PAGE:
The dialogue and voice acting were an incredible treat. Conroy and Daly play well off one another and practically every utterance was pure gold. Delaney also has some of my most favorite Lois lines and MOTP fans will no doubt delight in having a small reunion of sorts, I’m sure. I personally found their interaction together in this movie vastly more interesting and humorous – especially after Lois discovers who’s beneath the cowl! Brown and Hamill also have some wonderful exchanges and Joker has some of his most memorable quotes. Edelstein and Sorken also had some terrific dialogue, even if at times Harley did sound a tiny bit off, it was never enough to disappoint or distract.

The animation, however, was a bit weird at times. Many characters went from wonderful to terribly off-model. Though, all in all, the Batman characters made a very nice transition into the more colorful world of Superman. Fight sequences were very well done and looked pretty smooth, if at times a bit rubbery. Still, it’s always nice to have a story revolve around robots because they inevitably get very battered, broken and beaten. I couldn’t help but laugh at how easily and often Mercy was taken out, though. If I were Luthor, I’d think about hiring a new bodyguard. I also noticed a fair helping of reused animation – especially the very obvious marble grenades. But even at its worst, the animation didn’t distract from the movie enough to bother me that much. And there were a lot of very small, subtle moments I really loved, like quick glances of characters’ reactions, such as Clark fighting the green-eyed monster of jealousy.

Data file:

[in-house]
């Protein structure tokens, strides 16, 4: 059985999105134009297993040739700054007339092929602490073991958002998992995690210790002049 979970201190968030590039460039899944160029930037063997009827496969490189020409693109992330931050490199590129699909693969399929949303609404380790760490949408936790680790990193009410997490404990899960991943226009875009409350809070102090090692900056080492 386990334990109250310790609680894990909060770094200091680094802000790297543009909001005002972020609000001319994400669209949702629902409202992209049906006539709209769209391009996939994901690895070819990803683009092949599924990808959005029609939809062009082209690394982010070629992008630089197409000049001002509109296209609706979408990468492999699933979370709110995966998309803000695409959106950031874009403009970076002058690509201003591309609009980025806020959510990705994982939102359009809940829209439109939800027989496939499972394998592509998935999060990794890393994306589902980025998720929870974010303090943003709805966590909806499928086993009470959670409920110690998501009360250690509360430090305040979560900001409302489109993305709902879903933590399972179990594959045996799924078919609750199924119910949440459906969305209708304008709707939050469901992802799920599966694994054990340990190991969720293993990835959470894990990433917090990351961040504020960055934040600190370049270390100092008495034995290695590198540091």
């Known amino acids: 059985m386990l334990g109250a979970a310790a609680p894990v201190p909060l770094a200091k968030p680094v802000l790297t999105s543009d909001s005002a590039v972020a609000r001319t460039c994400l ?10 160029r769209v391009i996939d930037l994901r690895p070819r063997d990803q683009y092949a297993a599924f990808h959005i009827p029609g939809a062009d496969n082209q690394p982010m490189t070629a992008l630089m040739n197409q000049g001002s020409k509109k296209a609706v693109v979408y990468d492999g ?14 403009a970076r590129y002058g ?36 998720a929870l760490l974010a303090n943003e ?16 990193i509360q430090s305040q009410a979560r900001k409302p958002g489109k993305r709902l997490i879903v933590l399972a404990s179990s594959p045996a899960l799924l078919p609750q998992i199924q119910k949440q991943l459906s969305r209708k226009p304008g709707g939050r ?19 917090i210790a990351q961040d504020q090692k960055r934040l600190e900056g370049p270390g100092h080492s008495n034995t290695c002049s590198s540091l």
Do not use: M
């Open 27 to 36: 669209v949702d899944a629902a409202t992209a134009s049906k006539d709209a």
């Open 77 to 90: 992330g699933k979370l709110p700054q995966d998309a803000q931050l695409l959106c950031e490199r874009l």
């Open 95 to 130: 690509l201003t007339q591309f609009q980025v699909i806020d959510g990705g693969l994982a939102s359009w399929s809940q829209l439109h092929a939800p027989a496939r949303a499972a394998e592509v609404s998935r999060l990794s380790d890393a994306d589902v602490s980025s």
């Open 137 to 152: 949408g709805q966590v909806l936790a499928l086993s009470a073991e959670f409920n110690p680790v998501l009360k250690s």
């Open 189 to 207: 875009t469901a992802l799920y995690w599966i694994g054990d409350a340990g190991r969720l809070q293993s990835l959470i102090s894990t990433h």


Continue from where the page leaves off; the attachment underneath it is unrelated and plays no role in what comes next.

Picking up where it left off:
Without a doubt the greatest strength of the entire movie comes in the form of the moments between Clark and Bruce, whether in costume or not. The two have a great deal in common, but it’s their many differences that make for the very entertaining friction between the two. Adding to the conflict, of course, is Lois who immediately falls for Bruce and even discovers he’s Batman. Not surprisingly, this creates an incredibly jealous Clark. Speaking of discovering secret identities, I personally was very amused with the ease the two heroes discovered one another’s. I also really enjoyed the more subtle moments of animosity between the two, but one can’t deny that it was a treat to see Batman and Superman working as a true team against Joker, Luthor and an army of robots. And while perhaps not as interesting to the raving fans, the other pairings were also incredibly interesting to watch. Though, the scene-stealer award has to go to the Mercy and Harley catfight or possibly the Batman cookie, it’s hard for me to decide.

Because of the smaller more character-driven and fan-loved moments, rather than an ambitious or epic story, this episode is certainly worthy of its title and a welcome start to several more team ups.

[ Back to Episode Reviews ]